The Cybersecurity of AI

This topic is often confused with the more common application of AI to cybersecurity. This is different. This is the critically important topic of protecting your AI from attack. This includes means to protect your data before AI operates over it, protect training data for models, and protect the models themselves. This also includes the closely integrated terms of AI bias and AI explainability as well as the ethics of AI. For more on this topic see the Executive’s Guide to Security of AI.

AI in Biology, Healthcare and the anti-Covid-19 Fight

AI has long been contributing to advances in biological sciences, especially around data analytics associated with the many data intensive explorations underway in the field. AI has also long been contributing to the digital transformation underway in the healthcare sector. We are early into the anti-covid-19 fight, so it remains to be seen how big a role AI solutions will play in optimizing treatments against this virus, but we do expect it is in use in multiple activities and will be tracking that closely. For more see:

Open questions decision-makers should track include:

  • Are there AI solutions that can give my business a competitive advantage? Are competitors leveraging AI in ways that will surprise?
  • Will job displacement caused by AI be a crisis? Will government put regulations on companies because of this?
  • How, specifically will job displacement impact my workforce?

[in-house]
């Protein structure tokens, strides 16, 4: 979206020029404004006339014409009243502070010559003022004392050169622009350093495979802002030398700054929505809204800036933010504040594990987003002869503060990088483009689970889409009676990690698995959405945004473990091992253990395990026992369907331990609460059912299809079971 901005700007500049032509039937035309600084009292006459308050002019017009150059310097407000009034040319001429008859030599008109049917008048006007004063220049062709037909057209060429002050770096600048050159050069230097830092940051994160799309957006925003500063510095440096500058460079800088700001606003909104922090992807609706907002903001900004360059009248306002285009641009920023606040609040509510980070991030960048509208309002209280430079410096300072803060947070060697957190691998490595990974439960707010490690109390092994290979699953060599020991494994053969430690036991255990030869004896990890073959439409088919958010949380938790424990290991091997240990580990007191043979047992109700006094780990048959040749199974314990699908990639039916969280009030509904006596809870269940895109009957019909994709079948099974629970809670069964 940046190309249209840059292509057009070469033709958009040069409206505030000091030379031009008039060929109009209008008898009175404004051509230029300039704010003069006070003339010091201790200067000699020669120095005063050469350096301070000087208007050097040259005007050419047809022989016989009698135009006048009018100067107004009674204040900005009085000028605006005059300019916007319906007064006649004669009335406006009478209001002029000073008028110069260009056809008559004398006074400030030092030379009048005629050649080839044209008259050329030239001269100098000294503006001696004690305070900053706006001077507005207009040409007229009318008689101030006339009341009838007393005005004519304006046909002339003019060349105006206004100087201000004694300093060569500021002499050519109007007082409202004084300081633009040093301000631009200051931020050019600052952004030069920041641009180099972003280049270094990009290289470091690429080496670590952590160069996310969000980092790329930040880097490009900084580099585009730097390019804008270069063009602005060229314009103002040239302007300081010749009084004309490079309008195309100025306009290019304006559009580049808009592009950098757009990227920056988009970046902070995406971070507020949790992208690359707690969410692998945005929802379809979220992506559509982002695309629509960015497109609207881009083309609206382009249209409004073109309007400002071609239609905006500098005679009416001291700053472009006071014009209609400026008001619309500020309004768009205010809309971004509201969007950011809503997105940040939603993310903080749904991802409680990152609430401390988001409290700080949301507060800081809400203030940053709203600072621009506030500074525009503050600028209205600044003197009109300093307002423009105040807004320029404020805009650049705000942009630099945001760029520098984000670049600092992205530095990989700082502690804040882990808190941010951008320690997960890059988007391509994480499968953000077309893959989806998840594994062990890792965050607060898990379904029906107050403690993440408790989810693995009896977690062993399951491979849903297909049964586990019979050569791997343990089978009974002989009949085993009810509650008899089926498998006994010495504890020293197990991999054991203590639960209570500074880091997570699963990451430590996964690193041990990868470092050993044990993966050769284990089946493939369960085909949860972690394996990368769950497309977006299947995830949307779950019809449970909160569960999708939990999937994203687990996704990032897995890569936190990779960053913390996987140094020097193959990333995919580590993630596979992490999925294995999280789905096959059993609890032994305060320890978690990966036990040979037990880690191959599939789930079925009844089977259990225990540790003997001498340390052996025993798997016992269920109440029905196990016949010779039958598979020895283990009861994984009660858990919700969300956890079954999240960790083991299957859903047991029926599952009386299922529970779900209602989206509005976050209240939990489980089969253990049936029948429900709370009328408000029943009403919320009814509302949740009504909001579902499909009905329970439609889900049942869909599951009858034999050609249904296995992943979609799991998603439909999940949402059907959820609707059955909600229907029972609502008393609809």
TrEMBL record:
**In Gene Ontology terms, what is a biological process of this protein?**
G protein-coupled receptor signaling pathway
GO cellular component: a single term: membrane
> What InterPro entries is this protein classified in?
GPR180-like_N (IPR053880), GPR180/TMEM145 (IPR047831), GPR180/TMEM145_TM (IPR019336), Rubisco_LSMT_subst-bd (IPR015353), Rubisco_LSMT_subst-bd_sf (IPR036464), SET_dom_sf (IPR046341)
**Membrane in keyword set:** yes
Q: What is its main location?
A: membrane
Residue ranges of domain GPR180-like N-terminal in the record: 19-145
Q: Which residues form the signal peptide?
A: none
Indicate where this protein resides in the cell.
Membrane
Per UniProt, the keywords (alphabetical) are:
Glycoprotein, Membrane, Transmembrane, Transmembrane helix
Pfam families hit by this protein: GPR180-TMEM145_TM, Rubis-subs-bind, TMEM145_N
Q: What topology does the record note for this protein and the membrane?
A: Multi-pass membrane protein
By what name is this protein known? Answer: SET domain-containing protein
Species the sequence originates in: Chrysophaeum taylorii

• How can we ensure the AI we are using will be used in ways our customers regard as ethical?
  • Can behavioral analytics enhance security?
  • How can machine learning improve cybersecurity?
  • How can AI contribute to the rise of biological sciences and new focus on healthcare and patient outcomes?

Due Diligence Assessments and Artificial Intelligence

The trend of Artificial Intelligence is an increasingly important element of corporate Due Diligence since it is so disruptive business models.

  • On the sell side: Firms should ensure their use of AI is done securely and ethically (see our special report at on “When AI goes Wrong” for insight into issues and mitigation strategies). This applies to any firm that uses any AI enabled capability. However, firms that produce AI (vendors) should pay particular attention to this, it will make a big difference in how well a firm will be valued.
  • On the buy side: Buyers should pay particular attention to the use of AI in the target to ensure a well thought out architecture that mitigates risks. External and independent verification and validation of AI ethics and security policies and practices are key, as well as the degree that the target is complying with appropriate compliance regimes.

Strategically, the acquisition of technology firms is an art requiring assessment of how unique the capability is and how much in demand it will be in the market. We provide a special focus on due diligence for artificial intelligence companies via our parent company, OODA LLC.

Additional insights to inform your business strategy in an age of digital transformation can be found in our OODA Members Resource Page.

Additional References:

Bob Gourley

Bob Gourley

Bob Gourley is the co-founder and Chief Technology Officer (CTO) of OODA LLC, the technology research and advisory firm with a focus on artificial intelligence and cybersecurity which publishes Bob is the co-host of the popular podcast The OODAcast. Bob has been an advisor to dozens of successful high tech startups and has conducted enterprise cybersecurity assessments for businesses in multiple sectors of the economy. He was a career Naval Intelligence Officer and is the former CTO of the Defense Intelligence Agency. Find Bob on Defcon.Social